In four cases, No. 2168 (Pullman Sheet Metal Works, Inc.), No. 2164 (Economy Mechanical Industries, Inc.), No. 2230 (Carl A. Morse, Inc. of Illinois, d/b/a Diesel Construction), and No. 2163 (Commonwealth Edison Company), we note that respondents filed no petition for discretionary review, did not file submissions in response to the direction for review, and have not otherwise indicated any interest in review of the Judge's decision. The Secretary's brief expresses no objection to the Judge's disposition. This being so, and since there is no compelling public interest for review, we decline to pass upon this aspect of the Judge's decision. Abbott-Sommer, Inc., BNA 3 OSHC 2032, CCH 1975-76 OSHD para. 20,428 (No. 9507, February 17, 1976).

Pursuant [*6] to Commission Rule 10, 29 CFR 2200.10, No. 2159, Crescent Erection Company, dealing with an alleged violation of section 5(a)(1) of the Act, is hereby severed for decisional purposes. This case raises issues of law and fact not found in the other cases, and separate treatment is therefore both proper and necessary.

Concerning the remaining cases, after the Judge issued his decision and subsequent to the orders for review issued and the submission of briefs by the parties, the Commission has rendered fully considered opinions dealing with most of the issues listed in the orders for review and raised by the parties. n1 These opinions provide the parties with effective guides for measuring their safety programs. As to the issues, the instant cases no longer present novel or unsettled questions. Hence, a decision on these issues is no longer crucial in formulating national policy to aid in the Act's administration. See Grossman Steel & Aluminum Corp., BNA 4 OSHC 1185, 1188, CCH 1975-76 OSHD para. 20,691 (No. 12775, May 12, 1976); Francisco Tower Service, BNA 3 OSHC 1952, CCH 1975-76 OSHD para. 20,401 (No. 4845, February 6, 1976). n2 Further, the violations involved [*7] are not "serious," and the penalties for them were low or nonexistent. We also take official notice of the fact that the Sears Tower has now been completed.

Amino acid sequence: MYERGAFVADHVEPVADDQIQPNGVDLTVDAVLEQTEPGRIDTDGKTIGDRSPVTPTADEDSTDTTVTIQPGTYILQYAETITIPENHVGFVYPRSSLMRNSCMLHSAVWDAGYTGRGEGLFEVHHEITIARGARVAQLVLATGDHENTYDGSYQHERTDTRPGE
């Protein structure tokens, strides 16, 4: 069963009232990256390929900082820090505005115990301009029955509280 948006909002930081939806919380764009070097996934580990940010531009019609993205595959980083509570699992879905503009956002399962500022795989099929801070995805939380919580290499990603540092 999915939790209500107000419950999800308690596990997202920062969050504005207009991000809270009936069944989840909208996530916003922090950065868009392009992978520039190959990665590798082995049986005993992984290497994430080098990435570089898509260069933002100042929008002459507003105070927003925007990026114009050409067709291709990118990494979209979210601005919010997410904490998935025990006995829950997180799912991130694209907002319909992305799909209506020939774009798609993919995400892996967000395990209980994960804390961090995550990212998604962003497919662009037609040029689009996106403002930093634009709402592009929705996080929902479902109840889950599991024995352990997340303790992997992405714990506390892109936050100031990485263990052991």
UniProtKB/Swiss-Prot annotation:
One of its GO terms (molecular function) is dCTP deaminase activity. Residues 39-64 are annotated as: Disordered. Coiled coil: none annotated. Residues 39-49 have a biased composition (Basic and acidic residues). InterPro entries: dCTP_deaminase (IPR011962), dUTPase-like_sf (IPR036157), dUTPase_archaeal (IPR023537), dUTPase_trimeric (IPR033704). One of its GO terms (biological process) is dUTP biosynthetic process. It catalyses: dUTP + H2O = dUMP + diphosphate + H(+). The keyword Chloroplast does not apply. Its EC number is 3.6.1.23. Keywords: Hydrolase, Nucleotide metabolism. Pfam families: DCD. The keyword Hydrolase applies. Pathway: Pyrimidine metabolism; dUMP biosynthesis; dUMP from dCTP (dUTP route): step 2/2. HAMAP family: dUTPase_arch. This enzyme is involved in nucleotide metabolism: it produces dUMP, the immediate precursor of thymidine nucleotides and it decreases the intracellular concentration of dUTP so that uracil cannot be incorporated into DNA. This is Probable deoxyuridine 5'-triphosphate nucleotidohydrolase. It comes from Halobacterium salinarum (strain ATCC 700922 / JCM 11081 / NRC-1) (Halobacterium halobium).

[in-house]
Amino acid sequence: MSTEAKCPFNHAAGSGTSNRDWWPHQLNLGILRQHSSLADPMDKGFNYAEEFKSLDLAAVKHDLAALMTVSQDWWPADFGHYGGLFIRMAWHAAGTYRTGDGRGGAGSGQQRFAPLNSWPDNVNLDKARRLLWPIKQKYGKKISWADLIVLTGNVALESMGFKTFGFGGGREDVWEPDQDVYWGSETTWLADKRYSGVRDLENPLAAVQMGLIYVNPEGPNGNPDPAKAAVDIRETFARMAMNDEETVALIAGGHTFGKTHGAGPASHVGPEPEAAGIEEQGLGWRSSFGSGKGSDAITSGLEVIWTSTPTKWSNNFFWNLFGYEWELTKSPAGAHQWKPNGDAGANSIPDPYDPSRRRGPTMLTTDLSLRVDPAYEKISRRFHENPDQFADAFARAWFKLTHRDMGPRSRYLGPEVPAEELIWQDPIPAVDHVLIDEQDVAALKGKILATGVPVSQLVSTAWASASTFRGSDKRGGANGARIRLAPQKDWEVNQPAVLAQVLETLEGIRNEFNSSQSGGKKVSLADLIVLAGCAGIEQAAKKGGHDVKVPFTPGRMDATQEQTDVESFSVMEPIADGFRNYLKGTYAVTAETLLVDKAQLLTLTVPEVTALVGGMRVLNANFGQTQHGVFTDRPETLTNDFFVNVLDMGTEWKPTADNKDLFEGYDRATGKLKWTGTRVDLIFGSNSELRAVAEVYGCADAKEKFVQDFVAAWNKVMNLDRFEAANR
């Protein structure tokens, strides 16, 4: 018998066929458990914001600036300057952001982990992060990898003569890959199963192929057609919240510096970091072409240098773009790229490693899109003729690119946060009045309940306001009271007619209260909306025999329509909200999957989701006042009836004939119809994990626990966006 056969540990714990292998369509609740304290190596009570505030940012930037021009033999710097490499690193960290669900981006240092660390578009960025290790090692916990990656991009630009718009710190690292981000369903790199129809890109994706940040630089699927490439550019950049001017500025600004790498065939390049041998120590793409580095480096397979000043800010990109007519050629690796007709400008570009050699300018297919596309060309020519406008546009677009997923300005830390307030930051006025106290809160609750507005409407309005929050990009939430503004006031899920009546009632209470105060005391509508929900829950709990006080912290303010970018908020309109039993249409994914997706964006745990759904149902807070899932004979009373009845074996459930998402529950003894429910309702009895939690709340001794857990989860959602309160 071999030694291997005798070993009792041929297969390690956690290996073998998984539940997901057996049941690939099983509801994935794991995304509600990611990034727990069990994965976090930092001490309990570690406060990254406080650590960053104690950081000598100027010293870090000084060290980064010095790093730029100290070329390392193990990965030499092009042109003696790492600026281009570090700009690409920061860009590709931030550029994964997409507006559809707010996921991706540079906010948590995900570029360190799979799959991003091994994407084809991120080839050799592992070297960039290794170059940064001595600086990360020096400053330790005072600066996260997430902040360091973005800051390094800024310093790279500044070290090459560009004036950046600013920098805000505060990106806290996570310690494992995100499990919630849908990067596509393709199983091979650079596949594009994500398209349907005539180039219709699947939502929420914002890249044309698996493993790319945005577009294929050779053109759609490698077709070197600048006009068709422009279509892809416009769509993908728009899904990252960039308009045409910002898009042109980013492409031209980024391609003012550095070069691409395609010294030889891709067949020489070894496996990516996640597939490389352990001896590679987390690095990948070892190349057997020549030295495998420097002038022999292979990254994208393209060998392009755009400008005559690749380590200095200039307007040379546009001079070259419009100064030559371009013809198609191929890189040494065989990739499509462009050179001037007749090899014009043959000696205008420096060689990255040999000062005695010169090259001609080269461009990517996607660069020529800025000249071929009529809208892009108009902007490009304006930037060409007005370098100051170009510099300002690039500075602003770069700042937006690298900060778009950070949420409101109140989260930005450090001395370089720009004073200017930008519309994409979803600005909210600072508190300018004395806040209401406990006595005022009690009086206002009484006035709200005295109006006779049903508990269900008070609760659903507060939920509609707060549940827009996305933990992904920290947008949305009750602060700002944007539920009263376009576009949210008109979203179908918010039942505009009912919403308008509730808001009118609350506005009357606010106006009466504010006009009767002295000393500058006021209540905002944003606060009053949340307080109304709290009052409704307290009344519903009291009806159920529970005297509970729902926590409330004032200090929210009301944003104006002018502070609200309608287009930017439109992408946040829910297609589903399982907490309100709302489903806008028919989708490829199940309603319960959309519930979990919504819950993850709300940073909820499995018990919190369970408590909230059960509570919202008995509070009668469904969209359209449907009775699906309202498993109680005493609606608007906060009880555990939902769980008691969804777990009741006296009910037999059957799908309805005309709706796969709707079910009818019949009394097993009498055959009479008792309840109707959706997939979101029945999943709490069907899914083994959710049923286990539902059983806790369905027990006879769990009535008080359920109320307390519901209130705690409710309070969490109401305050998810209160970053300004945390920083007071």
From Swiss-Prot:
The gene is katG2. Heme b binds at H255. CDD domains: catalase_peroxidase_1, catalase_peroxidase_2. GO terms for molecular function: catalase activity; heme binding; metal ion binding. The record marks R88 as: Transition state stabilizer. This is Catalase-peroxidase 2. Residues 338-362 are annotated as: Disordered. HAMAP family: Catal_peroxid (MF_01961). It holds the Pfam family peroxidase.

- - - - - - - - - - - - - - - - - -Footnotes- - - - - - - - - - - - - - - - - -